The history of whiskey in Dublin
That’s whiskey, with an ‘e’.
There are a few things one must know when it comes to tasting whiskey; the importance of blend, the impression of taste and how history affected its modern standing. In Ireland, that history dates back almost 1000 years and is as complex as its flavour profile.
Dublin has been central to that legacy and no visit to the city is complete without getting to grips with the role of the Irish capital, and particularly the part of Dublin 8 known as the ‘Golden Triangle,’ in the creation of whiskey.
What makes Irish whiskey Irish?
Irish whiskey is typically triple distilled alcohol made from malted barley that is usually blended with grain whiskey. By contrast, whisky made in Scotland (note the lack of an ‘e’) is distilled only twice. Another key difference is in how the malt is dried: in Ireland, it’s done in a closed kiln - thermally insulated chambers, not dissimilar to ovens – whereas in Scotland peat is added to the drying process, which gives Scotch its distinctive smoky flavour.
“Here in Ireland, whiskey is made using base ingredients including cereal grains, yeast and water to create spirit, which is then matured in wooden casks with the addition of the final ingredient – time, which is a minimum of three years in Ireland,” says Lora Hemy, Head Distiller at Roe & Co Whiskey Distillery.
“The skill and expertise of distillers, blenders and bonders will shape the character of a particular whiskey over time – the subtle differences in approaches between whiskey-makers create a fascinating spectrum of flavour and aroma to discover in your glass.”
There are four styles of Irish whiskey: single grain, single malt, single pot still and blended whiskey. The last of these – made using a variation of the first three – is the world’s most popular style and includes the likes of Jameson and Tullamore Dew.
When it is finally distilled, whiskey is aged in barrels to finalise the process. “At the end of the distillation we have a clear spirit, to which we add some water before filling it into wooden casks where it will sit for at least three years before we can call it whiskey,” Hemy shares.
Hemy took the scenic route into whiskey distilling, via painting, DJing and, finally, perfumery. She left it for another world of flavour and aroma: whiskey. An MSc in brewing and distilling followed from prestigious Heriot-Watt University in Edinburgh, one of the only places in the world where you could do so at the time.
In 2018 she landed her dream job, joining Diageo's new distillery project in Dublin as Head Distiller for Roe and Co., along with a trailblazing all-female team. Given her technical and creative background, it’s no surprise that if you ask Hemy whether whiskey distilling is science or art, she’ll just say “yes.”
“If you think of what we do as very sculptural chemistry it can help visualise it – ultimately we are laying down an archive of maturing whiskey styles that we can go on to craft into the delicious whiskeys of the future.”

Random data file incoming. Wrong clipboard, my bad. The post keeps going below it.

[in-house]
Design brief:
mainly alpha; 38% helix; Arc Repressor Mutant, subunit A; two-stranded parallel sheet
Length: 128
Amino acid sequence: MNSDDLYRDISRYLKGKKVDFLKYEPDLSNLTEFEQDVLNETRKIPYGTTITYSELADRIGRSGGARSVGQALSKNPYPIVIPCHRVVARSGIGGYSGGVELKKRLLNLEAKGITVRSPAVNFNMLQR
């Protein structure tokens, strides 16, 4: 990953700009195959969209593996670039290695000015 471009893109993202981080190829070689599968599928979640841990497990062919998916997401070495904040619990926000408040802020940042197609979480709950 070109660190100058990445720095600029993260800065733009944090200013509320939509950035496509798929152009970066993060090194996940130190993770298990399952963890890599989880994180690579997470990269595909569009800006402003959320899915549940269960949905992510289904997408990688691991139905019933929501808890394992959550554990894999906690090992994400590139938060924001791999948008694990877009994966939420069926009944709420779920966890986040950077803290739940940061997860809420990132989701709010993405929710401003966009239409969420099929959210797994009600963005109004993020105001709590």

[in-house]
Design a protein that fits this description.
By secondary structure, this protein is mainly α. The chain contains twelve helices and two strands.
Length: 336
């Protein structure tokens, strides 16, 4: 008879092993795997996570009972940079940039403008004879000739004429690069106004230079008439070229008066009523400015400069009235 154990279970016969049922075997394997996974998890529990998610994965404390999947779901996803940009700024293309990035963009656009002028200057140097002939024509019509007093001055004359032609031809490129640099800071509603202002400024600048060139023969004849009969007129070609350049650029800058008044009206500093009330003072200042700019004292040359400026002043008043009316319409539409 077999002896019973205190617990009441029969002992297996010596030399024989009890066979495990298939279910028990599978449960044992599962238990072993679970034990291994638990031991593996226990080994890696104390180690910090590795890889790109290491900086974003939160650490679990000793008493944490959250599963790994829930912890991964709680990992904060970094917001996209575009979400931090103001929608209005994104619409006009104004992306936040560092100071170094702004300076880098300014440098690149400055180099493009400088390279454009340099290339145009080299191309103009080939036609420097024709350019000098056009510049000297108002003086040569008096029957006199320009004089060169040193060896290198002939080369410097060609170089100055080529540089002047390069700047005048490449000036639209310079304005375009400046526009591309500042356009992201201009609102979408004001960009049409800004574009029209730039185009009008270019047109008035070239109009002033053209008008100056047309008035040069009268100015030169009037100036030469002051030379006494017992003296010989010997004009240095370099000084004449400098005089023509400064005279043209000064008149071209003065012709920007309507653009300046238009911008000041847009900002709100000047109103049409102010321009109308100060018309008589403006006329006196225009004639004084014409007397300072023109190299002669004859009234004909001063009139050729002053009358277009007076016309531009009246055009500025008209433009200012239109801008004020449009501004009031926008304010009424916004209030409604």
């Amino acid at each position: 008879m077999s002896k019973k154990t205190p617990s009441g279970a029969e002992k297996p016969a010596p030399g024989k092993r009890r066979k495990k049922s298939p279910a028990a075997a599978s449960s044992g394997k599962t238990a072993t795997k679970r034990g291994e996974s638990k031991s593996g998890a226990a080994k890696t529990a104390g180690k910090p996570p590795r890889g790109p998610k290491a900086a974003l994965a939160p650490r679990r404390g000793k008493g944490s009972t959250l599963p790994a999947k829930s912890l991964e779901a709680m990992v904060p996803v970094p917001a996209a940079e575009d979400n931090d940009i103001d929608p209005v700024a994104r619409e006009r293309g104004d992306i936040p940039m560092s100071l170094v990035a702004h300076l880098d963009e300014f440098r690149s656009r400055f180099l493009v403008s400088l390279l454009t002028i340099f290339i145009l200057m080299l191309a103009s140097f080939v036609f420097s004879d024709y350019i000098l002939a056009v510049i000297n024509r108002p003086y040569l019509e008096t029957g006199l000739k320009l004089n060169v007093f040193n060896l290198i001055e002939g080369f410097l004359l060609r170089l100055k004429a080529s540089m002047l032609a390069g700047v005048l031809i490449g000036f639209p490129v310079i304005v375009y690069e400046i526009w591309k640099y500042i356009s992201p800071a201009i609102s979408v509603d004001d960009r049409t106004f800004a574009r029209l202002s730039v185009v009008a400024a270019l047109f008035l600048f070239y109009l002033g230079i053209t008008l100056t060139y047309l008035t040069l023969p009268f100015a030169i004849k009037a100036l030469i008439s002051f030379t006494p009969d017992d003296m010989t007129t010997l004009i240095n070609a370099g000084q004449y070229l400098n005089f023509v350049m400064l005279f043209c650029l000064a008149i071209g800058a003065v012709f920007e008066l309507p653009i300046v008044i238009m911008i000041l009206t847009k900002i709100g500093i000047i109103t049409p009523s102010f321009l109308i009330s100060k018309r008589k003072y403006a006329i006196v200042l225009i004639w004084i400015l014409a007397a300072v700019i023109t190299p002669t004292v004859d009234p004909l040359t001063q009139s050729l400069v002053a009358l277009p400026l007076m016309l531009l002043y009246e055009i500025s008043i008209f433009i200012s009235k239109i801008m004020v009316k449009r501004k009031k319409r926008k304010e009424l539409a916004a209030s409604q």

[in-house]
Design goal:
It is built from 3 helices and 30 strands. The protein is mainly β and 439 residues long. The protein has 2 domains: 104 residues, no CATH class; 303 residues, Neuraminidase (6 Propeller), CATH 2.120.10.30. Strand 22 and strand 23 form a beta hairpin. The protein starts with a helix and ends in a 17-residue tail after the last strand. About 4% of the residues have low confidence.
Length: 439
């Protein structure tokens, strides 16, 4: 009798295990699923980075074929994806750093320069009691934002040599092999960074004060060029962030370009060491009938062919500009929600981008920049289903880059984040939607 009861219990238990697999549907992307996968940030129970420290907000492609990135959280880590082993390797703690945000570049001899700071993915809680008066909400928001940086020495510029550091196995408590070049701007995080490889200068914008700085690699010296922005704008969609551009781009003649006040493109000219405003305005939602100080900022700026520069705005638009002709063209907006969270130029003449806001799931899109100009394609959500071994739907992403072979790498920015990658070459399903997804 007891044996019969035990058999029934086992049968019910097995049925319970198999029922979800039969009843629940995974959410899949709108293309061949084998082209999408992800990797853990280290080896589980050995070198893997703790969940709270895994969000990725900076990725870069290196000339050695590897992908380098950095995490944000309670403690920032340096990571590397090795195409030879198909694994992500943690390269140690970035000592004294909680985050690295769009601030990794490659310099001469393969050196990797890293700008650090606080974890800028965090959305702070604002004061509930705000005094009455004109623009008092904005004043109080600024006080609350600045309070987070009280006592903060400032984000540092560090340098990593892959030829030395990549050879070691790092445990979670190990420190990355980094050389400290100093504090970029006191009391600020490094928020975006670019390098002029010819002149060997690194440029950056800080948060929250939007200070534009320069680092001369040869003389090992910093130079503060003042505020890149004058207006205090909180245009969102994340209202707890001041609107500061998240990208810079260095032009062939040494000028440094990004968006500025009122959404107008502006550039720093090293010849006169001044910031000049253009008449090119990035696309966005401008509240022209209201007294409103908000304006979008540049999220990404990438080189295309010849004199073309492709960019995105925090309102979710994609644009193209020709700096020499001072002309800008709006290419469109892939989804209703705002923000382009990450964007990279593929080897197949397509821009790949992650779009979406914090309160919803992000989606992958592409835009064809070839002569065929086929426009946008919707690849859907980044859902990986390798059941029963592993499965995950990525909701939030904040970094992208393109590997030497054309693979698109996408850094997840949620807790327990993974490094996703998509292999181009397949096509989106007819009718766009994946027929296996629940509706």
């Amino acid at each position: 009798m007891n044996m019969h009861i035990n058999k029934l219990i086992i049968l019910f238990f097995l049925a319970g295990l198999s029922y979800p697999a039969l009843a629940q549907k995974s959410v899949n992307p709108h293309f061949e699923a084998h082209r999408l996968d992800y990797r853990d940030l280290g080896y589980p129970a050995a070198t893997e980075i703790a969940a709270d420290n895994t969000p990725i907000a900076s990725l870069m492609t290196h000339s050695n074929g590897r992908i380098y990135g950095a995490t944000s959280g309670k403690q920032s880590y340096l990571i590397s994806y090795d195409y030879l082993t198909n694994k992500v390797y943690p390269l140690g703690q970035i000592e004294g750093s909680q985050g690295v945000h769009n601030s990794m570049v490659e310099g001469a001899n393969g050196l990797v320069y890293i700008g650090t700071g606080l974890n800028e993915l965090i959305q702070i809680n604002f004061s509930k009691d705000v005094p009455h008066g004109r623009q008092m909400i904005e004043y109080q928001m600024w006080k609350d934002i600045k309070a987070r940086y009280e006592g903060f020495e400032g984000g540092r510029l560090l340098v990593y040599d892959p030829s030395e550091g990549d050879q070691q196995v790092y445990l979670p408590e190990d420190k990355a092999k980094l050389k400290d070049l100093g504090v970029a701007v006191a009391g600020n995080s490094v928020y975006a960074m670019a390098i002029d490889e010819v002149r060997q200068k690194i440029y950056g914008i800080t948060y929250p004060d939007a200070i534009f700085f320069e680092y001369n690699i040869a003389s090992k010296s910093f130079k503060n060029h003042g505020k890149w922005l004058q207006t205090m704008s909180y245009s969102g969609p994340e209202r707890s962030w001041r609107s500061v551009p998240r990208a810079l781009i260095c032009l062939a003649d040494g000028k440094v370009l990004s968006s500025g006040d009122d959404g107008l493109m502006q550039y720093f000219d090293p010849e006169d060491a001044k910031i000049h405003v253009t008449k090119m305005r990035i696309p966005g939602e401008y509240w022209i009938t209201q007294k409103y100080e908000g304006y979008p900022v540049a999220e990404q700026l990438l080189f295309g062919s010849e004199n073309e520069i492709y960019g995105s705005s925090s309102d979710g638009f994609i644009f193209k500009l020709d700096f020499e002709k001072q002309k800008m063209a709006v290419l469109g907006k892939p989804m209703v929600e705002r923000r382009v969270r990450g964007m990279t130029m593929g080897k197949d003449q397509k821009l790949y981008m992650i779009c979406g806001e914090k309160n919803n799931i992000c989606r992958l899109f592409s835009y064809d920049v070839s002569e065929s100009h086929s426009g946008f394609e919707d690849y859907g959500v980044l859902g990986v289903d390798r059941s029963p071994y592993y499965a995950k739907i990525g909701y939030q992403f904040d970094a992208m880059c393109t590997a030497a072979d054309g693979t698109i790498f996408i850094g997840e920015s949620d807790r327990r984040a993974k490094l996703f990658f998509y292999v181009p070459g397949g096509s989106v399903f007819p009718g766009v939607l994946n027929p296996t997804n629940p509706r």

Why ‘whiskey’ (or ‘whisky’)?
The art of distillation was brought to Ireland by monks sometime between the 8th and 11th centuries, using knowledge picked up in the Mediterranean. While southern Europe was mostly drinking wine, something a little stronger would be needed to survive those long northern winter nights. Those Latin-speaking monks called their creation Aqua Vitae, or ‘water of life,’ which when translated into Irish became ‘uisce beatha.’ Say ‘uisce’ a few times and you’ll see where we get the name ‘whiskey.’
A history of whiskey in Dublin
Although whiskey in one form or another had been drunk in Ireland since around the 10th century, it wasn’t until 1752 that the first licensed distillery in Dublin opened on Marrowbone Lane.
The next key year was 1780, when a Scottish distiller called John Stein bought that distillery and then opened a second across the Liffey on Bow Lane. In 1786 he appointed his son-in-law John Jameson to be general manager of the Bow Street plant; within a few years Jameson bought both distilleries, installed his son William in charge of Marrowbone Lane and created a whiskey dynasty that lasts to this day.
The Golden Triangle
By the turn of the 19th century there were no less than 37 distilleries spread across Dublin. The epicentre, though, was the Liberties, where six distilleries operated at full pelt, earning the area the nickname of the ‘Golden Triangle.’
Of the 37, four distillers dominated: John Jameson, William Jameson, John Power and George Roe, whose 17-acre distillery was the world’s largest, producing two million gallons a year. Even the smallest of the four, John Power, produced five times more whiskey than Glenlivet, which was then Scotland’s biggest distillery.
All those gallons translated into world dominance. By 1887, Irish whiskey distillers controlled 70% of the global market, which equated to roughly 30 million gallons a year. Two out of every three bottles of whiskey sold in London were Irish. And even in Scotland, Irish whiskey outsold the homegrown stuff.
That said, Dublin’s whiskey production did not come without its perils. On June 18, 1875 a fire broke out in a bonded warehouse on the corner of Ardee St in the Liberties that cost 13 lives – one of the deadliest in Dublin history. The Great Whiskey Fire has become part of the city’s folklore: it is said that burning whiskey flowed through the streets like lava, and that at one point, locals even drank from the six-inch river of booze that flowed as far as the Coombe.